Monday, November 11, 2013

Aliphatic Compounds

      Aliphatic compounds are open-chain or acyclic compounds. [ Greek - aliphos ( fat, oil ) ]                      

Acyclic meaning:        
          Acyclic compound with a linear structure, rather than a cyclic one. An open-chain compound having no side chains.
          Aliphatic compounds are otherwise known as non-aromatic compounds. Aliphatic compounds can be saturated joined by single bonds (alkanes) or unsaturated with double bonds (alkenes) or triple bonds (alkynes).
              In organic chemistry alkane or paraffin is a saturated hydrocarbon. Alkanes contain only two elements carbon and hydrogen. In alkane all of the carbon-carbon bonds are single bonds. Each carbon atom forms four bonds and each hydrogen atoms form a single bond. Alkane general chemical formula   CnH2n+2 .
Methane :
     Paraffins are the saturated hydrocarbons. Main source of paraffins is mineral oil or petroleum. The simplest paraffin is methane CH4. Methane contain one atom of carbon and four atoms of hydrogen. It is a alkane mainly occurs in natural gas. Methane is a product of organic decay in swamps and marshes, the gas obtained by the action of bacteria, this method of formation of natural gas given rise to the name "marsh-gas" for methane.
Structure of methane:

        Methane is a tetrahedral molecule with 4 equivalent C - H bonds. The molecular formula of methane is CH4.   SP3  hybridization.
Properties of methane:
  • Water insoluble.
  • Methane is a colourless, odourless and non-poisonous gas.
  • Methane is quite soluble in ethanol and ether.
  • Melting point - 90.7 K
  • Boiling point - 109 - 113 K.
  • Liquid methane does not burn unless subjected to high pressure.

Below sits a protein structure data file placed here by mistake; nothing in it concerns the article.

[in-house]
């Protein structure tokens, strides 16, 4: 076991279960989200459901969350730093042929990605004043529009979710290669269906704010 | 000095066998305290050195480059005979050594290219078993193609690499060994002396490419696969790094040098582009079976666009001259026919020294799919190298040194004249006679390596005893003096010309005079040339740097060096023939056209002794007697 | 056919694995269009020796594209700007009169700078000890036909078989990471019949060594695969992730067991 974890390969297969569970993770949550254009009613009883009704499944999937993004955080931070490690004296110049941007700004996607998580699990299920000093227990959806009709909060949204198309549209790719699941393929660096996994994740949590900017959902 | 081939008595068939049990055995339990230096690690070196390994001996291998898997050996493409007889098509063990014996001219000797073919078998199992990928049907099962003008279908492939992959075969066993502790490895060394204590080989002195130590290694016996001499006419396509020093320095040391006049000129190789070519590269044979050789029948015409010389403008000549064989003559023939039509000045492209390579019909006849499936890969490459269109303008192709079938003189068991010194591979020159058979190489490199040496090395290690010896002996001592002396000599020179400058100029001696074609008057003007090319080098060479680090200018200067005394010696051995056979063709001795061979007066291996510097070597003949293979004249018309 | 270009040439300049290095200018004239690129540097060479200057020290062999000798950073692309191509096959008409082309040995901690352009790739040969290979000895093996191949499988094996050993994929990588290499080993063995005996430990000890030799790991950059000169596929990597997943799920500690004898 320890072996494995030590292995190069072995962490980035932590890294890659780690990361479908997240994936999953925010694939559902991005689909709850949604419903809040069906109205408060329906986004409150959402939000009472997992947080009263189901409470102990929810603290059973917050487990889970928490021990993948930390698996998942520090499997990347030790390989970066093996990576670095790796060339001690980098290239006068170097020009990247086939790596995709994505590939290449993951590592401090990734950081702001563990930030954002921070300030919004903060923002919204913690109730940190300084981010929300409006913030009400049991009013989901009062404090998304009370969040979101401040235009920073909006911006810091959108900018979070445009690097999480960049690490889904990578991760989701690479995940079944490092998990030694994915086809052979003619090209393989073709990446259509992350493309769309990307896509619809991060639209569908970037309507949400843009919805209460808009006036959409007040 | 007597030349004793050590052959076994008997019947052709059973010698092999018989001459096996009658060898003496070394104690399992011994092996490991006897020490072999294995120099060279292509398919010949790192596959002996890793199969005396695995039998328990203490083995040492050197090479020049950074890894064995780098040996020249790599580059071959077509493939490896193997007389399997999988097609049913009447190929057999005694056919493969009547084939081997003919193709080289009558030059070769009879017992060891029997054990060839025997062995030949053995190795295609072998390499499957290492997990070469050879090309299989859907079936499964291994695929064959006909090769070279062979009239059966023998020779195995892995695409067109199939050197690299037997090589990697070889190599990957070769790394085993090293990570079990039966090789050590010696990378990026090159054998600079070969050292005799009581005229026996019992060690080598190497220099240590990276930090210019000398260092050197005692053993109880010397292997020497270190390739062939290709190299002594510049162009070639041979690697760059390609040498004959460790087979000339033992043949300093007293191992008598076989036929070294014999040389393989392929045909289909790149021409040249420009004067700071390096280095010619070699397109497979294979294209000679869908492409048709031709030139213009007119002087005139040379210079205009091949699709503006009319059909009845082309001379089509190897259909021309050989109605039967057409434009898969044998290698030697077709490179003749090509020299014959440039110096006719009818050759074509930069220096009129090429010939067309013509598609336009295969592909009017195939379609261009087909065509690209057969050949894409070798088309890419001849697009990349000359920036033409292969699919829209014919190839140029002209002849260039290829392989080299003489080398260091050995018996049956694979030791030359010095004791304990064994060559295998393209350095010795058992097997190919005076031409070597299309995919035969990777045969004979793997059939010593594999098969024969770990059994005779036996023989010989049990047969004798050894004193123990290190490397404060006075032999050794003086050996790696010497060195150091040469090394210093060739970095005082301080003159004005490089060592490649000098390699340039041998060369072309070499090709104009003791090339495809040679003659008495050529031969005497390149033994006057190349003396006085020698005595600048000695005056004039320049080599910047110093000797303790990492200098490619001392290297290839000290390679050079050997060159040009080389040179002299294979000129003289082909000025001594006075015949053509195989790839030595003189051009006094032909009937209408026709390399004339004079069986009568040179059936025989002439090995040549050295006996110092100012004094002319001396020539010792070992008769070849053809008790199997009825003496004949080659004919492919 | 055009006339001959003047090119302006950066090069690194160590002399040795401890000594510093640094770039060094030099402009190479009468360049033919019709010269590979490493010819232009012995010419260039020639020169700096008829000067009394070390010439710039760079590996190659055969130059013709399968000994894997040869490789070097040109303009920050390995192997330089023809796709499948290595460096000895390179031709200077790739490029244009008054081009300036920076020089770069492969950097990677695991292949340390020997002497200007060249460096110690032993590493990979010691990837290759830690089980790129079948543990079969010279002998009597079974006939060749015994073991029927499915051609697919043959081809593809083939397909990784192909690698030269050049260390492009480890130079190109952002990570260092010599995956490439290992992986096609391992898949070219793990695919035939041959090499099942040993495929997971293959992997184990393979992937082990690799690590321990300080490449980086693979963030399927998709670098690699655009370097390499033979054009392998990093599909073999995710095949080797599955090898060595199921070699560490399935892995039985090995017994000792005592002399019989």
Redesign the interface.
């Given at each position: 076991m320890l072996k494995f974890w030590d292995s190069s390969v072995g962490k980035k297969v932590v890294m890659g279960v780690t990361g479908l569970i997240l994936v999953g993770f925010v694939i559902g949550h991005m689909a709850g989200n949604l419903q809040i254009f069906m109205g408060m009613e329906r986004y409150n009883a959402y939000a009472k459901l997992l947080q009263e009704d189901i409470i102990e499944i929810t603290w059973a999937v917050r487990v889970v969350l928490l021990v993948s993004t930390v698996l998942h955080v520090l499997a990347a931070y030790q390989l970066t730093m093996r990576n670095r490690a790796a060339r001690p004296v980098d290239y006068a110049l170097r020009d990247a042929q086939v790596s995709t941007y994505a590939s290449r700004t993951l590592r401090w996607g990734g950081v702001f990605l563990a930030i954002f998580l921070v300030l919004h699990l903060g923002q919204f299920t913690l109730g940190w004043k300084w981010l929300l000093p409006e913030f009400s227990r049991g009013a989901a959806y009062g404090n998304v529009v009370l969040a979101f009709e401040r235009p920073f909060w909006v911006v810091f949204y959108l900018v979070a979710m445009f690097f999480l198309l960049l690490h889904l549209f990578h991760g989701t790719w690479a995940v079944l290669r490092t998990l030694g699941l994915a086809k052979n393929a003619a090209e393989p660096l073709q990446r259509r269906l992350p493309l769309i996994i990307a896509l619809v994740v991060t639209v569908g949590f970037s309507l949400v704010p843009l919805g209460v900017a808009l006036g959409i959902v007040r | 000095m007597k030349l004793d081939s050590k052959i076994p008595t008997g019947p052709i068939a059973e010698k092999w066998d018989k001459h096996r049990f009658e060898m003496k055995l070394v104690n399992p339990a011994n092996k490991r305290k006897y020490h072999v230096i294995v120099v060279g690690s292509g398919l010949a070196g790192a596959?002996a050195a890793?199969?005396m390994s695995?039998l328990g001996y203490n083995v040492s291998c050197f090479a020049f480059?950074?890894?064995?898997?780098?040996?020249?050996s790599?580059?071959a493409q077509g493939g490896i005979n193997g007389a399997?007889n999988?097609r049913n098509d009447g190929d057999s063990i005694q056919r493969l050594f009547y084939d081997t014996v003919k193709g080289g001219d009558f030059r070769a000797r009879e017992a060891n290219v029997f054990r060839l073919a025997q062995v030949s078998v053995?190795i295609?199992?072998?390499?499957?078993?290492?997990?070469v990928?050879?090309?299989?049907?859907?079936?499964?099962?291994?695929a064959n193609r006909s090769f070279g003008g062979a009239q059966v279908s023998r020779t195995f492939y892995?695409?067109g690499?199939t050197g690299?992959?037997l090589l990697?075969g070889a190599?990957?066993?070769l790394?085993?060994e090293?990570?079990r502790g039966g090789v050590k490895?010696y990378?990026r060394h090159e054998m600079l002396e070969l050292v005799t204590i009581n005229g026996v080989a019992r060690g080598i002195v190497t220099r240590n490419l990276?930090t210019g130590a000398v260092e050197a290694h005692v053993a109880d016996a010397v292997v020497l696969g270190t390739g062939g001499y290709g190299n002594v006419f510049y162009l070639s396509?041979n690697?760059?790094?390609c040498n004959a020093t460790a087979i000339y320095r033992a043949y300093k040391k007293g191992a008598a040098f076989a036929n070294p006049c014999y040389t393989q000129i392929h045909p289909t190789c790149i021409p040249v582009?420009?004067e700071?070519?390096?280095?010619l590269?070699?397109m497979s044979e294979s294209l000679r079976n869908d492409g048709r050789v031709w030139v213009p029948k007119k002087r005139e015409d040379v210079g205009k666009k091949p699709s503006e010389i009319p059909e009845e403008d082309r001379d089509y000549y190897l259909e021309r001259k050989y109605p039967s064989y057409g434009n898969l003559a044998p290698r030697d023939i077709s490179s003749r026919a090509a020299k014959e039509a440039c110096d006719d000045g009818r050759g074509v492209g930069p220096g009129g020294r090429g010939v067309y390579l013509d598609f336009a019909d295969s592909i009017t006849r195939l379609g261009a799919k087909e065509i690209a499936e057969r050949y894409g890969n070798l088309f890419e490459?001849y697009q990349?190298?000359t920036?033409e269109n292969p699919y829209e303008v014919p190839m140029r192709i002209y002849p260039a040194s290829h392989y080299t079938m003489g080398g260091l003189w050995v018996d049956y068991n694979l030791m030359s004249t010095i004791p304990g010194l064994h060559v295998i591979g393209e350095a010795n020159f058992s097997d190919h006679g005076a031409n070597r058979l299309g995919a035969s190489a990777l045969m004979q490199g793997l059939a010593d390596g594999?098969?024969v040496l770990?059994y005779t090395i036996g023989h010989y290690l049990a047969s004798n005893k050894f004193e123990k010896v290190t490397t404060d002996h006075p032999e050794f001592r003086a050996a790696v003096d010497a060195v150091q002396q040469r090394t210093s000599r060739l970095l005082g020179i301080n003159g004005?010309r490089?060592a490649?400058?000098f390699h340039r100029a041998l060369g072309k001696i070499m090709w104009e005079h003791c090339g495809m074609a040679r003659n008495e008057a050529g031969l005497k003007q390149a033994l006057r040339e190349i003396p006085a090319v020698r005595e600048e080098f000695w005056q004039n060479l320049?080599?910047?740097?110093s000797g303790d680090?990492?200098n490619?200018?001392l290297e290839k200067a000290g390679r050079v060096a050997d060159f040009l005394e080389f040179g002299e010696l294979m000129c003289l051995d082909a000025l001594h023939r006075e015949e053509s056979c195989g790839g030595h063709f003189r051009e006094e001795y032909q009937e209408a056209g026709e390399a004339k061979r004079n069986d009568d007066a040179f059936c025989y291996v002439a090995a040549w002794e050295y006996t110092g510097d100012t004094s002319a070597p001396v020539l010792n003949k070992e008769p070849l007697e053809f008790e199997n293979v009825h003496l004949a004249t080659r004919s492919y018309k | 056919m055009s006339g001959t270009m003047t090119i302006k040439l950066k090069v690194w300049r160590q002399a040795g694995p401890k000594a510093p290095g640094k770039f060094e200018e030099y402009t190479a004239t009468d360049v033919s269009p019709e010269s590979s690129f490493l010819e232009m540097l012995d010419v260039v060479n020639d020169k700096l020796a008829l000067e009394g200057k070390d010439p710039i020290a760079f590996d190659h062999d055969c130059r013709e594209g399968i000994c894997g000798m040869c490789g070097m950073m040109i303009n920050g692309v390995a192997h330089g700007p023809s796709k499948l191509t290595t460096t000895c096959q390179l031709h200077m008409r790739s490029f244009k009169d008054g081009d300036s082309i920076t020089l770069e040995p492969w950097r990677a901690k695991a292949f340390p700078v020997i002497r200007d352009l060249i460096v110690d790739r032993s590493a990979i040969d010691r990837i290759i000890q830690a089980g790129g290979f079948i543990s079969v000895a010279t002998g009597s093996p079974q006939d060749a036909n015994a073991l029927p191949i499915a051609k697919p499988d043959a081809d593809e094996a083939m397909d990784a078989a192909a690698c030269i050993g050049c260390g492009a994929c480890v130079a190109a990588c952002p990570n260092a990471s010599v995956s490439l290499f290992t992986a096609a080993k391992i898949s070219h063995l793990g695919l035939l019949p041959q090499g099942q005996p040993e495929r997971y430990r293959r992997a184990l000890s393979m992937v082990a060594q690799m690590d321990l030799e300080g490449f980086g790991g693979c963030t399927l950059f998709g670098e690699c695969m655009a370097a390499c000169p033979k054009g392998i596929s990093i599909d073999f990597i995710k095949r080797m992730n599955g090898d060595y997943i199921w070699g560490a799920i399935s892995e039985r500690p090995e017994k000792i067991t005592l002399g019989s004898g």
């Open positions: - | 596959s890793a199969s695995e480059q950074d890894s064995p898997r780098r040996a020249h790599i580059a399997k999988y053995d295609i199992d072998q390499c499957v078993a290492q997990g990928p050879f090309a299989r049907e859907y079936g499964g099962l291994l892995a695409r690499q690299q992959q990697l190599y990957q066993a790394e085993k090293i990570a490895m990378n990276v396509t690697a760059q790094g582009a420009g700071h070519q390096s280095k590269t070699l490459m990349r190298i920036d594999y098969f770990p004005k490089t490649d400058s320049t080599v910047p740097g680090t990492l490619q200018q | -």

• Gas at room temperature.
  • It burns with a non-luminous flame in air or oxygen, forming carbon dioxide and water.

                            CH4     +     2O2     →     CO2     +     2H2O
Substitution reaction of methane:
                 In a substitution reaction, a functional group in a particular chemical compounds is replaced by another group.
                A good example of a substitution reaction is the photochemical chlorination of methane forming methyl chloride.
                            CH4     +     Cl2     →     CH3Cl     +     HCl
                                                              (methyl chloride)
                A mixture of  methane and chlorine is exposed to sunlight, that time substitution reaction occurs. But the reaction doesn't stop here, all four hydrogen atoms in methane are successively replaced by chlorine atoms.
                           CH4     +     Cl2     →     CH3Cl     +     HCl
                                                           (methyl chloride)
                           CH3Cl     +     Cl2     →     CH2Cl2     +     HCl
                                                            (Methylene chloride)
                           CH2Cl2     +     Cl2     →     CHCl3     +     HCl
                           CHCl3     +     Cl2     →     CCl4     +     HCl
                                                             (carbon tetrachloride)
             Methane react with chlorine, the hydrogen atoms are replaced, and chlorine atoms take their place. This type of reaction is known as substitution reaction. The atom or group that has replaced the hydrogen atom is called the substitution and when a substituent atom or group is replaced by some other atom or group, the reaction is referred to as a replacement reaction. It should be noted that in substitution or replacement reaction there is no change in structure.
             Methane reacts with bromine in the presence of UV light to form bromomethane.
                         CH4     +     Br2     →     CH3Br     +     HBr
                                                         (bromo methane)
             Methane reacts explosively with gaseous fluorine. The initial reaction is possible.
                         CH4     +     2F2     →     C     +     4HF
Step 1 :
Initiation Step :
UV light breaking a bromine molecules into free radicals.
                            Cl - Cl      →     Cl●     +     ●Cl
                            [Cl2       →     2Cl●]
Step II
Propagating Steps :
                          CH4     +     Cl●     →     CH3●     +     H-Cl 
                          CH3●     +     Cl2     →     CH3Cl     +     Cl● 
Step III
Terminating Steps:
                         Cl●     +     Cl●             →     Cl2
                         Cl●     +      CH3●        →     CH3Cl
                        CH3●     +     CH3●      →     CH3CH3

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